3. Apparatus according to claim 1 in which the lubricant is a wax.
4. Apparatus according to claim 1 in which the lubricant is a polar wax.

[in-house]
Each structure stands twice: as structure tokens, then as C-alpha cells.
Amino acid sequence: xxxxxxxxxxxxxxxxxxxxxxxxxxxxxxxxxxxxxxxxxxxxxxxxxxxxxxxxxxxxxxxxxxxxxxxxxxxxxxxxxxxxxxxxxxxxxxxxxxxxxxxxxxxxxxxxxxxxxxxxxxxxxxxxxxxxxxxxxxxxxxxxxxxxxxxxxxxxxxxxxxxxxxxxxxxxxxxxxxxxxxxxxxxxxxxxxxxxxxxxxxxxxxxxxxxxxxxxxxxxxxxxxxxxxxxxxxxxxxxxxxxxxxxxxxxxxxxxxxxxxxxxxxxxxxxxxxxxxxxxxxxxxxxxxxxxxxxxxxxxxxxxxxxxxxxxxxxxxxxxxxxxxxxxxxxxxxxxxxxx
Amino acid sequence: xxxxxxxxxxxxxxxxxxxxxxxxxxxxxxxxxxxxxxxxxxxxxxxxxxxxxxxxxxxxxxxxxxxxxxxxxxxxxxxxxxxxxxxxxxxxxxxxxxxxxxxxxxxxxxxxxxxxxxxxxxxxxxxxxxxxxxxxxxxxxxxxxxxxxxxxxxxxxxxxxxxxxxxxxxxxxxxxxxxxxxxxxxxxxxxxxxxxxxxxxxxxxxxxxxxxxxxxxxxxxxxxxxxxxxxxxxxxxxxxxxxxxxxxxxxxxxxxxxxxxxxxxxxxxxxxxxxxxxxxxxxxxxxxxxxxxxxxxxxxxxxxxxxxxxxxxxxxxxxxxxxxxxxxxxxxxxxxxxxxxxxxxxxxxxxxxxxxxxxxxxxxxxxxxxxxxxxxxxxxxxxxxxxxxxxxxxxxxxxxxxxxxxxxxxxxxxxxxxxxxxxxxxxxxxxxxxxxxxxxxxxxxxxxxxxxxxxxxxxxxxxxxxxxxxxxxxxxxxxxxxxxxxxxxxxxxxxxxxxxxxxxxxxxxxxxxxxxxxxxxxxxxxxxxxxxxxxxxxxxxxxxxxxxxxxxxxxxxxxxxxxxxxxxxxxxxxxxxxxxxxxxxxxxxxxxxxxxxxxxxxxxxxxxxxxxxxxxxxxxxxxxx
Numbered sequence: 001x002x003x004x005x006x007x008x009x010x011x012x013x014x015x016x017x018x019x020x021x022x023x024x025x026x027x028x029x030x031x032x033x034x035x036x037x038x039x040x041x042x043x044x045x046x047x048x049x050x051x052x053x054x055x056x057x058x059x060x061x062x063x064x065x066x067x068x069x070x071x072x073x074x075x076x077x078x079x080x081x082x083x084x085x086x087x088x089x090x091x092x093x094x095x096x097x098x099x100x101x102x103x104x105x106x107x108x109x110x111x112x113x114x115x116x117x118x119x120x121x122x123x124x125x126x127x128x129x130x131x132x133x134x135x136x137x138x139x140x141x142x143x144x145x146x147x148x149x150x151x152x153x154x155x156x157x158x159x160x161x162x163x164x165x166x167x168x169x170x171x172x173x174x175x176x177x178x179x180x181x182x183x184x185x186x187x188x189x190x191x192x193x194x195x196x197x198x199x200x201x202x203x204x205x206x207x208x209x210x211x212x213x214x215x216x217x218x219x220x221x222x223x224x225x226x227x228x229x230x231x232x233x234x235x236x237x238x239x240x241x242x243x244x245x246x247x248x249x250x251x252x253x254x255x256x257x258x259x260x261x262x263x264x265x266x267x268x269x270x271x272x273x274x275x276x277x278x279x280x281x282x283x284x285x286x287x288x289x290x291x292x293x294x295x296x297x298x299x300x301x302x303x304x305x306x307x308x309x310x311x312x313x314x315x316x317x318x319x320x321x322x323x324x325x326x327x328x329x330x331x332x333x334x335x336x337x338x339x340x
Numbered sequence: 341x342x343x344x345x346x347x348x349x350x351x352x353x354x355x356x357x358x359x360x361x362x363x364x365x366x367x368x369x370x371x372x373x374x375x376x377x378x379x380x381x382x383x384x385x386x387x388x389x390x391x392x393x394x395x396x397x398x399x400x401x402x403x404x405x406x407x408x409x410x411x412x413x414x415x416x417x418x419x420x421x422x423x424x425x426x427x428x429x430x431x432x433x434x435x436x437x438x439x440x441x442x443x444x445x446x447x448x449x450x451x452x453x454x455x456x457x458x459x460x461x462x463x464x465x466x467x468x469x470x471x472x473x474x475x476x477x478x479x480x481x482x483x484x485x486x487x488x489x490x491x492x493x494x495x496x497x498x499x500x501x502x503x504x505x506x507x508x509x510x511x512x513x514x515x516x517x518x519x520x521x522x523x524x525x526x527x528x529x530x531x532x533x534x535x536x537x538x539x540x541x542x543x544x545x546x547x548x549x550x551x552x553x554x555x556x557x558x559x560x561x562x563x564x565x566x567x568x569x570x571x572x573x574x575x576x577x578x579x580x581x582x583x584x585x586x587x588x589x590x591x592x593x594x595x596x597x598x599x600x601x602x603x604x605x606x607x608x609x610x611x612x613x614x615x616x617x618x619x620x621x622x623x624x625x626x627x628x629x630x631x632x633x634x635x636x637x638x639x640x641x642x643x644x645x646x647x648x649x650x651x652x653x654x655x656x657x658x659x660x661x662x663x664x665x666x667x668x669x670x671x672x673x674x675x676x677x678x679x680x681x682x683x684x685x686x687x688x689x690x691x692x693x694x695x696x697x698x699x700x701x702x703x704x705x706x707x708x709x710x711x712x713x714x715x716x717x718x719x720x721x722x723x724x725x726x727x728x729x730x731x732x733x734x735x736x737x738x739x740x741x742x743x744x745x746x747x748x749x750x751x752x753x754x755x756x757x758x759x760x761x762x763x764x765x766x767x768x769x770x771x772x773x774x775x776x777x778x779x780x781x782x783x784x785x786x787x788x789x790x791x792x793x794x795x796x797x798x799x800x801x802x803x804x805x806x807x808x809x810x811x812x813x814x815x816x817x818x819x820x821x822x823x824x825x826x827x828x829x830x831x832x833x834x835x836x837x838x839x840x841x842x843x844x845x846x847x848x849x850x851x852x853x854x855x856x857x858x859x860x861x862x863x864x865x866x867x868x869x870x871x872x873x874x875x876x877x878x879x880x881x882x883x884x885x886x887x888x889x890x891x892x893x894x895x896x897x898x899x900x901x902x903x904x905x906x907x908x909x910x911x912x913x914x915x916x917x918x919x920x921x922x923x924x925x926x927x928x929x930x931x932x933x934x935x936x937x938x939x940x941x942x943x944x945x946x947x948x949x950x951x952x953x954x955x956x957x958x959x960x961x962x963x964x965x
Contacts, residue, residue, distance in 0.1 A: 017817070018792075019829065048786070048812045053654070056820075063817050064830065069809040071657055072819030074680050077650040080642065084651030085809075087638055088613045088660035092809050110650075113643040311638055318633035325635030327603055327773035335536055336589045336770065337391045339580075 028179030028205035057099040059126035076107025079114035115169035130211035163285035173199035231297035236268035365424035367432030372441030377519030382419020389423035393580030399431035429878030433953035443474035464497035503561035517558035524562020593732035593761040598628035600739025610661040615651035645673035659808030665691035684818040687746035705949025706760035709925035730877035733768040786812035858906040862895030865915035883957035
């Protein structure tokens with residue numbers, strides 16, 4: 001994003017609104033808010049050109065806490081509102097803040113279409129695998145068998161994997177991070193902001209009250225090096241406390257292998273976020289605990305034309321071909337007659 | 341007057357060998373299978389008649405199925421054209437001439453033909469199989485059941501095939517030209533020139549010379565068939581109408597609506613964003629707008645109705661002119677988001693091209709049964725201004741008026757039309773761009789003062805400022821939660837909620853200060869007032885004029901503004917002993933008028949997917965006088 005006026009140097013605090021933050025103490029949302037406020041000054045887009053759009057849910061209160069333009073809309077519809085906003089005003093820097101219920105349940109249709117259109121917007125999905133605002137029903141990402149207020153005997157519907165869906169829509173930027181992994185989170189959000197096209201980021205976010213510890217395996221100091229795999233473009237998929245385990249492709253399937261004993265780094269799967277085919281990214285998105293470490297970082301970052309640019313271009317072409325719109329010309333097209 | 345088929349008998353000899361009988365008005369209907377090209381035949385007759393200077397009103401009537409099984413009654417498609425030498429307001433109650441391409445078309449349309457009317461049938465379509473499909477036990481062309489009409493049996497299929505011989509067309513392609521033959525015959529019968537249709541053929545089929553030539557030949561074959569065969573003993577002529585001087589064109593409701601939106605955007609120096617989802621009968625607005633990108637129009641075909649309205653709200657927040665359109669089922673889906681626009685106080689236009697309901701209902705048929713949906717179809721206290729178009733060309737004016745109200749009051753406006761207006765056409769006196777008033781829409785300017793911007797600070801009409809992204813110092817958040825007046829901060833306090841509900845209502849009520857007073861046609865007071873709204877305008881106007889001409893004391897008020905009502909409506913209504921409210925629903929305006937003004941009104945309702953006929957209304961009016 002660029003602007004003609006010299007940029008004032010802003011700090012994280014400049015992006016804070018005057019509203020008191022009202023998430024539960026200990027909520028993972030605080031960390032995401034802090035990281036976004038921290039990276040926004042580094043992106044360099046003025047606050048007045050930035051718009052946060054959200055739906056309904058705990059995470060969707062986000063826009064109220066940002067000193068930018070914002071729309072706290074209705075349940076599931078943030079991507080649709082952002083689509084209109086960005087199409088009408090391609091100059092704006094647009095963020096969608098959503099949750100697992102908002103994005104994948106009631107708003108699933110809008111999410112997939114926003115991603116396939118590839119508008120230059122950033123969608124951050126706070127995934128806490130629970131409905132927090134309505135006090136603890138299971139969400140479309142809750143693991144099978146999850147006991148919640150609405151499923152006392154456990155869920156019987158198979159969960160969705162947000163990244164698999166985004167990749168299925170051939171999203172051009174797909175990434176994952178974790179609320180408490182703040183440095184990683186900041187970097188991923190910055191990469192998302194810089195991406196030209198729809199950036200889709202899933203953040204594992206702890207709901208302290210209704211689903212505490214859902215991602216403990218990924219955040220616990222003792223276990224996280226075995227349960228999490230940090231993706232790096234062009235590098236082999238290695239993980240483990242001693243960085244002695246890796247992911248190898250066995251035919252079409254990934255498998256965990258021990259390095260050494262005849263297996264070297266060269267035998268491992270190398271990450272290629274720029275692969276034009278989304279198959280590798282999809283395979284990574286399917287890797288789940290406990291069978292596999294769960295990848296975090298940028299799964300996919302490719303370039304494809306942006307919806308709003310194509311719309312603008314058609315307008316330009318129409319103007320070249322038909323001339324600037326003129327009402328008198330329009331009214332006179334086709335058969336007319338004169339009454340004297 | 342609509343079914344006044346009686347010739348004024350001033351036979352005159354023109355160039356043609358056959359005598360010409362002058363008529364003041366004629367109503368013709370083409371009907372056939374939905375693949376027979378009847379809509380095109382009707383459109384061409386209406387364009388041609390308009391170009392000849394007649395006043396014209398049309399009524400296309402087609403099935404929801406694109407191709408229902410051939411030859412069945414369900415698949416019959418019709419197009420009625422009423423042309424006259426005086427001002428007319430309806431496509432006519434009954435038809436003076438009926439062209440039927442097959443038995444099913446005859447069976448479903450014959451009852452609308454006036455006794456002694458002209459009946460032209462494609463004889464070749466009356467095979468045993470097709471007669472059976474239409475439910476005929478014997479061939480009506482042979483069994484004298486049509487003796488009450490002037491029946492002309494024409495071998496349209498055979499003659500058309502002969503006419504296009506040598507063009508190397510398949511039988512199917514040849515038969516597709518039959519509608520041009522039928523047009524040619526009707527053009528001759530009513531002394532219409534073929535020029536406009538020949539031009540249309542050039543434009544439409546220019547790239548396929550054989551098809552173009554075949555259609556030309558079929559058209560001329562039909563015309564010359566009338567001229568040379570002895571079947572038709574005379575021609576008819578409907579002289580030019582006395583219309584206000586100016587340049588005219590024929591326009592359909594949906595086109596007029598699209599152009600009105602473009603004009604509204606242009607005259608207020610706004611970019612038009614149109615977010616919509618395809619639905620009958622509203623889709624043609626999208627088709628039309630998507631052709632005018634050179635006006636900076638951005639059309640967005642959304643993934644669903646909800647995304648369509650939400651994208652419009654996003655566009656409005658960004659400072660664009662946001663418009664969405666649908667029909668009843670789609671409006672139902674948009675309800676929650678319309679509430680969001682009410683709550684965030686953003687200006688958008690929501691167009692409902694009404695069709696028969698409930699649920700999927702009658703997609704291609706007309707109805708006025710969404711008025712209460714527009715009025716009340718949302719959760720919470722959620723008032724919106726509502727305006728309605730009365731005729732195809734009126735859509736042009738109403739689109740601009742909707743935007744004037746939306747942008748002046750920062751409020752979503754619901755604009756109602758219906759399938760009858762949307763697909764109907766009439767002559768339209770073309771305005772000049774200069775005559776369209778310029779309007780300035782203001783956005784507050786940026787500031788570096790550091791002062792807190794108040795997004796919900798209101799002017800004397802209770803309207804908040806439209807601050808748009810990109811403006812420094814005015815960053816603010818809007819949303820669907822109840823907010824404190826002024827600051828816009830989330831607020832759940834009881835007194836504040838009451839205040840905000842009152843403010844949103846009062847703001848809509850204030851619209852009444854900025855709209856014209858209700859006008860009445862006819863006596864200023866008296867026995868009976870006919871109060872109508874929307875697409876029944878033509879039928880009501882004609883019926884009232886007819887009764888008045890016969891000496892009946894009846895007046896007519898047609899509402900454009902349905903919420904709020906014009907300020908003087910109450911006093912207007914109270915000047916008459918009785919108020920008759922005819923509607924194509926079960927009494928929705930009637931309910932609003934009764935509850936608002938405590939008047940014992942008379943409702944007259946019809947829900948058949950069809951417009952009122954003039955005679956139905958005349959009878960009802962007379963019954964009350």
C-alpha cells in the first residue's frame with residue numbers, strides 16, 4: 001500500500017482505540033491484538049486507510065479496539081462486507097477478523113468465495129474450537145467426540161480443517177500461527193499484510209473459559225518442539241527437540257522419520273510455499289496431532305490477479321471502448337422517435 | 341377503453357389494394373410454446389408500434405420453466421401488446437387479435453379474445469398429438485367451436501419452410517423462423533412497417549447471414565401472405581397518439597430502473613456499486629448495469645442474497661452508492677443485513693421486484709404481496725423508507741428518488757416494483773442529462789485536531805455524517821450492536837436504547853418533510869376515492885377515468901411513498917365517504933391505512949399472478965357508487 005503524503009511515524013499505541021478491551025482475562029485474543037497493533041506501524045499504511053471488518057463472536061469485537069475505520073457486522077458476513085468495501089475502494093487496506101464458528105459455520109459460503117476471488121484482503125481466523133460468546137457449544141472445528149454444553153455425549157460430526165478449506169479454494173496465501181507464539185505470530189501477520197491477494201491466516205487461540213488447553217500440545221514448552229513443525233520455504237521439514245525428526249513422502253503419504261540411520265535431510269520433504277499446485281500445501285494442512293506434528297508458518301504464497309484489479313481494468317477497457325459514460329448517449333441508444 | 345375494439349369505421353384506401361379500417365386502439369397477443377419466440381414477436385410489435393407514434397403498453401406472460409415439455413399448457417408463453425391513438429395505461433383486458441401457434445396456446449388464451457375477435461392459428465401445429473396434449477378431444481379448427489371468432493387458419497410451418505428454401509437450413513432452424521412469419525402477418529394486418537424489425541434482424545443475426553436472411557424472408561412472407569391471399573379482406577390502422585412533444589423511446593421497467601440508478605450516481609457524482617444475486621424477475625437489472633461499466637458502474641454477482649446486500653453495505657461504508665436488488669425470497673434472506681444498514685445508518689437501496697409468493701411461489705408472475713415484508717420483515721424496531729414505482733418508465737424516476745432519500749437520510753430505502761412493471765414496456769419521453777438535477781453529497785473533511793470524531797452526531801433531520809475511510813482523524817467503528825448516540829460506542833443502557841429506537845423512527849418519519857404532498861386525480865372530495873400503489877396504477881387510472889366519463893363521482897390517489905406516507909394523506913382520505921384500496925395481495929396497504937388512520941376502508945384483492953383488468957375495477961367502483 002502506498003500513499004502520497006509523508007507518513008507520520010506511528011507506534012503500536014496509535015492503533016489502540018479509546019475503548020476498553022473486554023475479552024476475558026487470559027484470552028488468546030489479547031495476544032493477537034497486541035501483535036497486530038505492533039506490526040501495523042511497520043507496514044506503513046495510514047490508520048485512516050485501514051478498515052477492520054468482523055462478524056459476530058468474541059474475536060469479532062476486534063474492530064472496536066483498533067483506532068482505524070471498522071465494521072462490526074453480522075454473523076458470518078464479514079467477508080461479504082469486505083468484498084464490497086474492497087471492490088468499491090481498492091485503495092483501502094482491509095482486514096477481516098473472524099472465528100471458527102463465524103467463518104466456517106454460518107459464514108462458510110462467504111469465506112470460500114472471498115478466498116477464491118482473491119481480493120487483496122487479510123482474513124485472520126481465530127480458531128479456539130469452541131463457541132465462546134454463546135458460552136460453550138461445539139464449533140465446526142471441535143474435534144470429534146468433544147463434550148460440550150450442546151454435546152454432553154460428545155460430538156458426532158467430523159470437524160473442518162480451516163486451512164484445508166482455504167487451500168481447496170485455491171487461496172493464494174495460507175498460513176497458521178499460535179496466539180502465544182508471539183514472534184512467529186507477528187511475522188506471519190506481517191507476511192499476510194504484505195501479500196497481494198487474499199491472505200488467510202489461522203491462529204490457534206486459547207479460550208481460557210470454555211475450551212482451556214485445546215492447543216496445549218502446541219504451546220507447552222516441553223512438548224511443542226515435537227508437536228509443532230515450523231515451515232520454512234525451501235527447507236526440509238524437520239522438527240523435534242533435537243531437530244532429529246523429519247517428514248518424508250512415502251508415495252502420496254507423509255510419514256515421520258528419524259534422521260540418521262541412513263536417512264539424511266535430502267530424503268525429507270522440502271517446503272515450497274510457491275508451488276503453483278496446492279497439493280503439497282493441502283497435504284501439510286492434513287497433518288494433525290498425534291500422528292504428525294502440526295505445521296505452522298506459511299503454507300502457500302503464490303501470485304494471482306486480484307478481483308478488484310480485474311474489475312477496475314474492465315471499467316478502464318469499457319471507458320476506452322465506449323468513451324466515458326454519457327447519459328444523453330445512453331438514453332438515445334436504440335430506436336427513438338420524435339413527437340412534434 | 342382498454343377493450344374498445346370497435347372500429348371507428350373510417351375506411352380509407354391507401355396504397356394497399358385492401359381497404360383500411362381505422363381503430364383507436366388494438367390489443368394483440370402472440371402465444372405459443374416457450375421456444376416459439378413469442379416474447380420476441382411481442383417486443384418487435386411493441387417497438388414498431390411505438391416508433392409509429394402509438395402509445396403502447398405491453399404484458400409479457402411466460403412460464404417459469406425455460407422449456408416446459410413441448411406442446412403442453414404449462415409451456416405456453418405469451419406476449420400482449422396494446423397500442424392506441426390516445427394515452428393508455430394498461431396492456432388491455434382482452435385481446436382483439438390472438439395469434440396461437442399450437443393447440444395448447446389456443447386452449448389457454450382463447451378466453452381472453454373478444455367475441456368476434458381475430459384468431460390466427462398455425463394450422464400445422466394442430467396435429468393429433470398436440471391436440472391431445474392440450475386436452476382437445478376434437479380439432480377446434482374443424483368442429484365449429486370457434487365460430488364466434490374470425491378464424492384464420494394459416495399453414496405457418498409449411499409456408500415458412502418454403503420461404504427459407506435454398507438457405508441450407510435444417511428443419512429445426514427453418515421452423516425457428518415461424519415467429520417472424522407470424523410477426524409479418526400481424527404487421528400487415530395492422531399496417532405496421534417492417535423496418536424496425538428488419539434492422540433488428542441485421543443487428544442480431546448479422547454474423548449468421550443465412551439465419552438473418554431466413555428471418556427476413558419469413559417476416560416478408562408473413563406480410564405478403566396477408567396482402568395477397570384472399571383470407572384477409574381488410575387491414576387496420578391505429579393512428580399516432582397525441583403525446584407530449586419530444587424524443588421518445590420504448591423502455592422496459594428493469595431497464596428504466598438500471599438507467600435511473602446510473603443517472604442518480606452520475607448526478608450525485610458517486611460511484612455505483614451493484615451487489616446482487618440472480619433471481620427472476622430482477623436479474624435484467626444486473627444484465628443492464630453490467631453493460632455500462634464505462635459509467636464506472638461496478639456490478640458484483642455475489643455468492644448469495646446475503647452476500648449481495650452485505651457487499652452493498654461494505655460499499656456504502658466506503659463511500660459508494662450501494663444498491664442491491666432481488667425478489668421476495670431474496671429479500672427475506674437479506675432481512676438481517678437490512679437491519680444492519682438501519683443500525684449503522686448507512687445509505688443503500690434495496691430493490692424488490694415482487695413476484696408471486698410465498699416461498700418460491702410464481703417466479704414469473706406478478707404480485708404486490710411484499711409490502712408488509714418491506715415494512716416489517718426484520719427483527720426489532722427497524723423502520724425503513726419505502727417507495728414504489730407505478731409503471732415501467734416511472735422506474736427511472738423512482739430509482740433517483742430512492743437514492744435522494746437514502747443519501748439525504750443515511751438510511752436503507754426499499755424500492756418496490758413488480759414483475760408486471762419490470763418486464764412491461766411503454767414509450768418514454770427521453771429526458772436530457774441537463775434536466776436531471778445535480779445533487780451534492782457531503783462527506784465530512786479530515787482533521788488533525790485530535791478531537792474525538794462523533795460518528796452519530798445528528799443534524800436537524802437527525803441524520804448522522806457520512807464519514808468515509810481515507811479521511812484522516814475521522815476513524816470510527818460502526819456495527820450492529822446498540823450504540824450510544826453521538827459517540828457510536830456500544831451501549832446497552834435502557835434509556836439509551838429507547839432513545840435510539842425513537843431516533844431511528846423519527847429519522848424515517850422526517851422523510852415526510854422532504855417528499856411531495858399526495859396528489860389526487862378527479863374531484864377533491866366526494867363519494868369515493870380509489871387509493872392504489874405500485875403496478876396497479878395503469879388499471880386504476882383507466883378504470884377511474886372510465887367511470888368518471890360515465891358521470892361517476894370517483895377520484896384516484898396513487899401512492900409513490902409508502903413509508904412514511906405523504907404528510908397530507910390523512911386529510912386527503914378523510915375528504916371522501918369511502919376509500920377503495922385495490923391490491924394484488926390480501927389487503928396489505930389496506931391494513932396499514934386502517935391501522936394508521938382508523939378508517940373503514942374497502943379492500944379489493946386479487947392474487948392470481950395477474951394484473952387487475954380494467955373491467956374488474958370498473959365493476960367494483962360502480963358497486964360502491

5. A fastener for exerting an assembling force on a workpiece member comprising in combination: a pin having a shank and a longitudinal axis, exterior circumferential threads on said shank, and an exterior groove between a first end of the pin and at least some of said threads, the minimum external diameter of said groove being sufiiciently small to permit shearing at the groove before shearing at any other part of the pin when counterrotative torques are applied at opposite sides of the groove; a collar member comprising a tubular portion with an axis and an axial internally threaded pin-receiving hole therethrough, said collar having a bearing section with a bearing surface on said bearing section surrounding the axis; and a substantially incompressible washer having an exterior surface comprising a side of the washer and a hole therethrough intersecting said surface, and through which the pin can extend and support the washer, said washer being situated between the collar member and the workpiece member, and a layer of approximately film thickness of a substantially dry lubricant on and adherent to said side whereby with the first end of the pin, the threads and the groove located outside of the workpiece member and the collar member threaded onto the pin on the other side of the groove from said first end of the pin, the collar can be tightened down against the washer by applying counter-rotative torque to that portion of the pin between the groove and the first end, and to the collar, the layer of lubricant providing a lubricated surface between the washer and the member in contact with its said side, so that exertion of sufficient counter-rotative torque causes the pin to shear at the groove, the portion between the first end and the groove falling off, leaving the remainder of the pin attached to the collar, the lubricated layer serving to maintain the coefficient of friction uniform between the lubricated side of the washer and the member in contact with said side.